I know, I know. You’re thinking, “Don’t you have that backwards, Ken?” Shouldn’t you be telling me to “work smarter, not harder”?
I get it. One of the most cherished business clichés on our Cherished Business Cliché List is, “Work smarter, not harder.” Hardly a week goes by in which we do not encounter this aphorism in one form or another.
I would have to say that in most situations, this is sage advice. Cliché’s may be tiresome, but they normally contain a kernel of truth in them. If we can do something more efficiently with the same or better return for our effort, then that is indeed working smarter. Of course, whether we follow this advice in any given situation is another question altogether. But it’s still something worth striving for.
The problem occurs when we try to work smarter on things that require more effort and time to realize a return.
Like learning, for instance.
Here’s a news flash. Thinking is hard. This explains why people avoid it. I’m as guilty as anyone, if not even more so. I remember my dad admonishing me on more than one occasion with a single-word command: “Think!”
Like most people, I want things to be easy. I suppose there’s no virtue in making things more difficult than they need to be, but even when simplified and “easified”, most of the things we encounter in life just don’t go very smoothly.
Learning is no exception. We marvel at people that are adept at picking things up, that seem to acquire knowledge in the same way most of us acquire extra pounds over the holidays: effortlessly. We look at those folks and think, “Why not me?”
It’s especially frustrating because many of us (guilty!) remember things that are of no importance whatsoever. I can quote movies that I saw when I was a child, I can recall stupid comments I and my brothers made 50 years ago, but I can’t remember basic syntax in languages I’ve used for years. It is most frustrating.
We try to alleviate our frustration by searching for a magic formula, a process that will enable us to learn in our sleep, or at least make things easier than they are. We read blog posts, we watch videos, we listen to recordings. We try to figure out “how we learn.” If we decide we’re visual learners we abandon reading to exclusively watch videos. Maybe we hate reading anyway, so this works out perfectly. Or we’re auditory learners, so we focus on listening to audio books.
This is where I deliver bad news.
There is no way to make learning easy. There is no 5-step process I can give you that will suddenly make you able to effortlessly remember what you study.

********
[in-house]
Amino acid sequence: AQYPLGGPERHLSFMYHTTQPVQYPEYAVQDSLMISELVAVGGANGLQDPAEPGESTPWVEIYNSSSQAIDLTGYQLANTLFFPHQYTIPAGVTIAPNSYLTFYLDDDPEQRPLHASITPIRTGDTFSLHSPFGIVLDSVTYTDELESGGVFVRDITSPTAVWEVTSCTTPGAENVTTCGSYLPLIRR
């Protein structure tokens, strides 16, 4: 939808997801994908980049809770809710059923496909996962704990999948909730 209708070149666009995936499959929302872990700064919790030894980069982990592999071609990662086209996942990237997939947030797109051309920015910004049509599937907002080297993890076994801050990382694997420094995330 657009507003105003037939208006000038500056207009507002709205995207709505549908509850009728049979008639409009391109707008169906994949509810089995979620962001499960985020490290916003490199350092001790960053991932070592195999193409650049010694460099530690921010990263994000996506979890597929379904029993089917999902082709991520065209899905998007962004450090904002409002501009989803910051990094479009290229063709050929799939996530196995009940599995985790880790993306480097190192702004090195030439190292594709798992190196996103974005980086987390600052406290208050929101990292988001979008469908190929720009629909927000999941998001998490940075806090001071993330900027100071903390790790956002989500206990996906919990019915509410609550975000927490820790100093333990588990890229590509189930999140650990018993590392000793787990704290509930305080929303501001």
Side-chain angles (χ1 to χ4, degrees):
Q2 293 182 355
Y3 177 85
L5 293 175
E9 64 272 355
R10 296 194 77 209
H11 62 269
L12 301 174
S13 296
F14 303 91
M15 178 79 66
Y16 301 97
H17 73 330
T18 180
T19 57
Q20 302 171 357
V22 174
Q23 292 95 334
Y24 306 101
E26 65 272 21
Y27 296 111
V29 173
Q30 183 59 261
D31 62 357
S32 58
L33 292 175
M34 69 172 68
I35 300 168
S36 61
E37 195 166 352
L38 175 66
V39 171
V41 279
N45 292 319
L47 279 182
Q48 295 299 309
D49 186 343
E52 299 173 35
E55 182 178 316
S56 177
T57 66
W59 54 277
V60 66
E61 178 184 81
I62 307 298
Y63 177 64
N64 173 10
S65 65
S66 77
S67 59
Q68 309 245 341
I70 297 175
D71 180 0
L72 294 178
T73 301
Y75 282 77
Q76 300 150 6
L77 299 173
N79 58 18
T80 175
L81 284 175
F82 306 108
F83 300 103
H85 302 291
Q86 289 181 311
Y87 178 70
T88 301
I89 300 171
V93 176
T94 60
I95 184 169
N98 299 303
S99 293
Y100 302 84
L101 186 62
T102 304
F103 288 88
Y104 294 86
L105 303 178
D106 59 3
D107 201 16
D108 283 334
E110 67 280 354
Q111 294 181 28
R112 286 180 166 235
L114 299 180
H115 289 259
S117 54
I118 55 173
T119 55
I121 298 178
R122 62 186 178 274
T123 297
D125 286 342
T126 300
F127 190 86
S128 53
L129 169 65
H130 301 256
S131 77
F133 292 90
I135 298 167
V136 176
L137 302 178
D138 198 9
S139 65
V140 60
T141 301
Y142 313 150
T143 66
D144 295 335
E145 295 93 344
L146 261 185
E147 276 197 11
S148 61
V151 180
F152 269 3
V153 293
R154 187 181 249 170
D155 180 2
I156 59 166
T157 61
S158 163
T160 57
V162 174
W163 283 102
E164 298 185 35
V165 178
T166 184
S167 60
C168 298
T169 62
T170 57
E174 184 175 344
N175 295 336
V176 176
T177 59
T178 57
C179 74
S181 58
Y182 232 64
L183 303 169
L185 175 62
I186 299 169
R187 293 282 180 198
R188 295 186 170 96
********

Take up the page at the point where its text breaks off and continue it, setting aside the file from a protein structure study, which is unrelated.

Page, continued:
If you want to recall what you’ve learned, then you’ll need to…um…recall it.
You’ll need to play fetch.
What experiments by cognitive psychologists have shown, in hundreds of studies across a diverse spectrum of subjects, is that the most effective thing you can do to remember information is to practice recalling it from memory.
This is more effective than reading the same text over and over again. It’s more effective than underlining and highlighting as you read. It’s more effective than going over and over your notes.
It’s more effective than anything else you can do.
I know. Not what you wanted to hear. We want it to be easy. We want to avoid the mental exertion of thinking. It’s just too hard.
Once we’re done whining, we might wonder to ourselves, “How do I apply this?”
Here are a couple of things you might try the next time you attempt to learn something new (or relearn something you once knew):
If you do this once or twice, you probably won’t notice much difference. It’s only as you purposefully apply recall to your learning for a period of time that you notice your retention improving.
The ancient Greek mathematician, Euclid, is famous for developing the system of geometry we refer to as plane geometry or, in his honor, Euclidean. Working in the third century BCE, he wrote his Elements, one of the most influential books in all of history, a monumental work that has endured to the present day. He lived in Alexandria, and so drew the attention of the ruler, Ptolemy I, who was fascinated by this new area of knowledge, but was daunted by the sheer volume of learning it entailed. He famously wrote to Euclid, asking if there was some short-cut he could take to acquire knowledge of geometry. Euclid’s reply is equally famous:
There is no royal road to geometry.
What Euclid told the king about geometry applies equally to learning in general:
There is no royal road to learning.
It takes effort, and the worst kind of mental effort: recalling from memory without notes or prompts. And this effort is not just an unfortunate byproduct of the process. It’s what makes learning stick.
You’ll be working harder, but you’ll be getting smarter!